The New York Times, a newspaper with the second-largest circulation in the United States, also has the largest gap in gender representation. Out of the 3,556 bylines it printed last year, 30 percent belonged to women, according to the Women’s Media Center.
Journals, newspapers and blogs pride themselves on being public watchdogs who keep powerful institutions in check, but feminist icon Gloria Steinem has spent her career attempting to hold the media accountable for their actions.
In honor of Steinem’s lifelong dedication to pushing feminist values through her journalism and activist work, Rutgers announced its support yesterday for the Gloria Steinem Endowed Chair, a position that will fund teaching and research for an individual who exemplifies Steinem’s values of equal representation in the media.
The creation of the chair involved multidisciplinary collaboration among the School of Communication and Information, the Department of Women’s and Gender Studies and the Institute for Women’s Leadership.
The chair will be selected from a diverse array of fields in communication, media and women’s and gender studies. He or she will teach at least one undergraduate course per semester.
The position is not restricted to female faculty, according to an article in The New York Times.
Steinem, a celebrated figure and feminist spokesperson, began her career when she co-founded Ms. Magazine, a publication intended to push feminist issues into the mainstream media in the 1970s.
Steinem exemplifies someone who holds the media accountable for representing all people, especially marginalized groups, said Alison Bernstein, director of the Institute for Women’s Leadership.
Bernstein said one of the main benefits of the chair is having someone on the faculty at Rutgers who exemplifies the leadership of women and people of color in making media more inclusive.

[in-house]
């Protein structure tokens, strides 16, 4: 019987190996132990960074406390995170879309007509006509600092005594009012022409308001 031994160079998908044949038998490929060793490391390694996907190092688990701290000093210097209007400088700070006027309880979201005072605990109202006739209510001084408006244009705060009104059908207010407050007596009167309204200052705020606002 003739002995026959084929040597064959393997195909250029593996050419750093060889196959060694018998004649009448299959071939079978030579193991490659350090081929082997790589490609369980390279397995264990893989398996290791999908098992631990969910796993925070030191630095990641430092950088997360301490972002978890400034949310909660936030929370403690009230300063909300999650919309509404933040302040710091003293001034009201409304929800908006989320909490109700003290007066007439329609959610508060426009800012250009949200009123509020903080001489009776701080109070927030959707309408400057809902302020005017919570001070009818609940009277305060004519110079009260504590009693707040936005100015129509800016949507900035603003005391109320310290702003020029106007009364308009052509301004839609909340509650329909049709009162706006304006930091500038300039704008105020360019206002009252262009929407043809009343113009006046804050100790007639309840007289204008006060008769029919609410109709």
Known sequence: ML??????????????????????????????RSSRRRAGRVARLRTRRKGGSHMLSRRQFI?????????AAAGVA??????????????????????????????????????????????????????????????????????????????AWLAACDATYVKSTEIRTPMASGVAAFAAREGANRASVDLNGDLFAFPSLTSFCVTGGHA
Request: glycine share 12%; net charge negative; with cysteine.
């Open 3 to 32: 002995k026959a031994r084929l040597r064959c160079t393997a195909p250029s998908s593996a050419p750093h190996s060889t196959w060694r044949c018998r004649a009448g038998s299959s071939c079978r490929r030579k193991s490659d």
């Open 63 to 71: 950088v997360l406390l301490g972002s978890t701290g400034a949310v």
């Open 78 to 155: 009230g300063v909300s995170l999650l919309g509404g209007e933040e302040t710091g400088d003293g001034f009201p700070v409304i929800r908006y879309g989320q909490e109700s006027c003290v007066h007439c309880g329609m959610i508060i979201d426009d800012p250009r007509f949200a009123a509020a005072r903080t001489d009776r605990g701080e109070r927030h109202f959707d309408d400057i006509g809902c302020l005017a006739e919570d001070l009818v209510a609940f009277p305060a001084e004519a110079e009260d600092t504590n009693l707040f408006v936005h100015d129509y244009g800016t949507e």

“When I was growing up, you had a few stations and everybody watched them,” Bernstein said. “Now, there are so many different platforms for getting messages across, so it’s more democratic in that sense.”
On the other hand, an elite leadership comprised primarily of white men still decide what content is portrayed in the media.
Today’s platforms combine new media, which refers to digital forums allowing for personal curating, such as Facebook and Twitter, and legacy media, including print, radio and blogging, Bernstein said.
Jack Bratich, chair for the Department of Journalism and Media Studies in SC&I, said given that more than half of the 500 majors in the department are women, a need exists to set up mentorships, internships and ways for them to talk to women role models in the field.
“It’s not just about women in media, but also addressing feminism in the media, which has made a resurgence in recent years,” he said.
Celebrities such as Beyoncé Knowles and Emma Watson have openly associated themselves with feminism — last week, Watson spoke in front of the United Nations promoting the term.
Claire McInerney, dean of SC&I, said one tangible action people could take is being more courageous about expressing their opinions.
The faculty at SC&I have conducted extensive research in the past, which has found that people are particularly hesitant to post controversial or political statements on social media platforms when they perceive a potentially negative reception from their followers, McInerney said.
The issue of women in the media has become so prominent in recent years that SC&I is planning to launch a new academic minor in Gender and Media, which it hopes to make available to students by next semester.
“We can all be citizen journalists now,” she said.
SC&I and the Department of Women’s and Gender Studies have collaborated with the IWL before, first in hosting a lecture with the Geena Davis Institute on Gender in Media and again when co-sponsoring Steinem’s visit to the Rutgers campus last year.
“We often talk about interdisciplinary efforts, and it’s gratifying to see this come together,” McInerney said. “That’s the feminist way.”